Calcium Intake Without Magnesium Is a Health Risk
By Carolyn Dean, MD, ND
Medical Director, Nutritional Magnesium Association
Author, The Magnesium Miracle
Approximately 43 percent of the US population (including almost 70 percent of older women) use dietary supplements containing calcium.1 Without balancing their calcium with magnesium, they may be at risk.
Most people, and the majority of MDs, do not understand certain key facts about calcium and its sister mineral, magnesium:
• Typically, less than half of calcium intake is absorbed in the gut,2 the rest either being excreted or potentially forming kidney stones or being transported to soft tissues where it can harden (calcify).
• Adequate levels of magnesium are essential for the absorption and metabolism of calcium and vitamin D.
Magnesium converts vitamin D into its active form so that it can aid calcium absorption. Magnesium also stimulates the hormone calcitonin, which helps to preserve bone structure and draws calcium out of the blood and soft tissues back into the bones, lowering the likelihood of osteoporosis, some forms of arthritis, heart attack and kidney stones.3,4,5,6,7,8,9
• There is a growing amount of scientific evidence pointing to high calcium–low magnesium intake leading to calcification, or hardening, of arteries (atherosclerosis—the number one cause of death in the US), osteoporosis and osteoporotic bone fractures.10,11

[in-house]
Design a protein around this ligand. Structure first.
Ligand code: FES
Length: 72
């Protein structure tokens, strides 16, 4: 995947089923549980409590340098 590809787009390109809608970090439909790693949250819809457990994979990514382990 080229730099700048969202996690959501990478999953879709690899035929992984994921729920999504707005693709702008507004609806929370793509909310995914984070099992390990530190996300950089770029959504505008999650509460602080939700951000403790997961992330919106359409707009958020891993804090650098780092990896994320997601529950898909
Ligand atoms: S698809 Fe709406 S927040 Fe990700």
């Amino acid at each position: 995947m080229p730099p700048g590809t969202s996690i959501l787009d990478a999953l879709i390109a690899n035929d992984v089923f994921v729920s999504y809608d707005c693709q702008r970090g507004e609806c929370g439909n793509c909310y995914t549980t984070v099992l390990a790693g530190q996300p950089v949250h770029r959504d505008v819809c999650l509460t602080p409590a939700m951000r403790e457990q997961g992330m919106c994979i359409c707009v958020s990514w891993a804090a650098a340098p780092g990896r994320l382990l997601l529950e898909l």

• Recommendations for calcium intake vary greatly. In the US, adults are told to take 1,000 mg per day and women over 50 are told to take up to 1,500 mg. In the United Kingdom, the RDA is 700 mg daily, while the World Health Organization recommends only 400–500 mg.
Often supplementation is taken without consideration for the amount of calcium in the diet both from food sources and from water (some tap and mineral waters). Many people, especially those consuming dairy products, have high-calcium diets. This can lead to a greater amount of unabsorbed calcium.
The key to calcium-magnesium balance is at a cellular level. The effectiveness and benefits of calcium with respect to bone health and the prevention of osteoporosis are enormously impaired in the absence of adequate levels of magnesium in the body.
If we consume too much calcium without sufficient magnesium, not only will we create stress within the body but the excess calcium will not be utilized correctly and may become toxic. Magnesium keeps calcium dissolved in the blood. Too much calcium and too little magnesium can cause some forms of arthritis, kidney stones, osteoporosis and calcification of the arteries, leading to heart attack and cardiovascular disease.12
The commonly agreed-upon ratio of 2:1 calcium to magnesium found in many cal-mag supplements traces back to the French scientist Dr. Jean Durlach,13 who stipulated the 2:1 ratio as an outermost not-to-be-exceeded level when considering calcium intake from all sources (food, water and supplements). This has been largely misunderstood and is taken as a recommendation of a 2:1 calcium-to-magnesium imbalance.
The fact that most people do not get their minimum daily requirement of magnesium exacerbates the situation. The high calcium–low magnesium diet of most Americans when coupled with calcium supplementation can give a Ca to Mg imbalance of 4: or 5:1 or higher, which constitutes a walking time bomb of impaired bone health and heart disease.